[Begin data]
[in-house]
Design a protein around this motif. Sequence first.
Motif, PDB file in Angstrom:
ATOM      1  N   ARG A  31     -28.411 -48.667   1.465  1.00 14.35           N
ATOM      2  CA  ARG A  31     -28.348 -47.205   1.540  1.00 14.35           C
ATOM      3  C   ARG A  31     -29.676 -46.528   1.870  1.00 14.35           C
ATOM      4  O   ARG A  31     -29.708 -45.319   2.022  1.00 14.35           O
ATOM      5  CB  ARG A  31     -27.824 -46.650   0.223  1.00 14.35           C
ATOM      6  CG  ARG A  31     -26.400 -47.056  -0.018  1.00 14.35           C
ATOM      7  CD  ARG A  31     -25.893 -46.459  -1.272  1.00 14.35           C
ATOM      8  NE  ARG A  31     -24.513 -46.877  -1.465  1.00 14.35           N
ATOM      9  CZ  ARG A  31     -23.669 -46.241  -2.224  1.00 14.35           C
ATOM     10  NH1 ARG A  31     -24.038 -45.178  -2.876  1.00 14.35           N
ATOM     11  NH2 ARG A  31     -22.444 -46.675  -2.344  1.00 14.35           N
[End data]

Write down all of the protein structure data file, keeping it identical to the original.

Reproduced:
[in-house]
Design a protein around this motif. Sequence first.
Motif, PDB file in Angstrom:
ATOM      1  N   ARG A  31     -28.411 -48.667   1.465  1.00 14.35           N
ATOM      2  CA  ARG A  31     -28.348 -47.205   1.540  1.00 14.35           C
ATOM      3  C   ARG A  31     -29.676 -46.528   1.870  1.00 14.35           C
ATOM      4  O   ARG A  31     -29.708 -45.319   2.022  1.00 14.35           O
ATOM      5  CB  ARG A  31     -27.824 -46.650   0.223  1.00 14.35           C
ATOM      6  CG  ARG A  31     -26.400 -47.056  -0.018  1.00 14.35           C
ATOM      7  CD  ARG A  31     -25.893 -46.459  -1.272  1.00 14.35           C
ATOM      8  NE  ARG A  31     -24.513 -46.877  -1.465  1.00 14.35           N
ATOM      9  CZ  ARG A  31     -23.669 -46.241  -2.224  1.00 14.35           C
ATOM     10  NH1 ARG A  31     -24.038 -45.178  -2.876  1.00 14.35           N
ATOM     11  NH2 ARG A  31     -22.444 -46.675  -2.344  1.00 14.35           N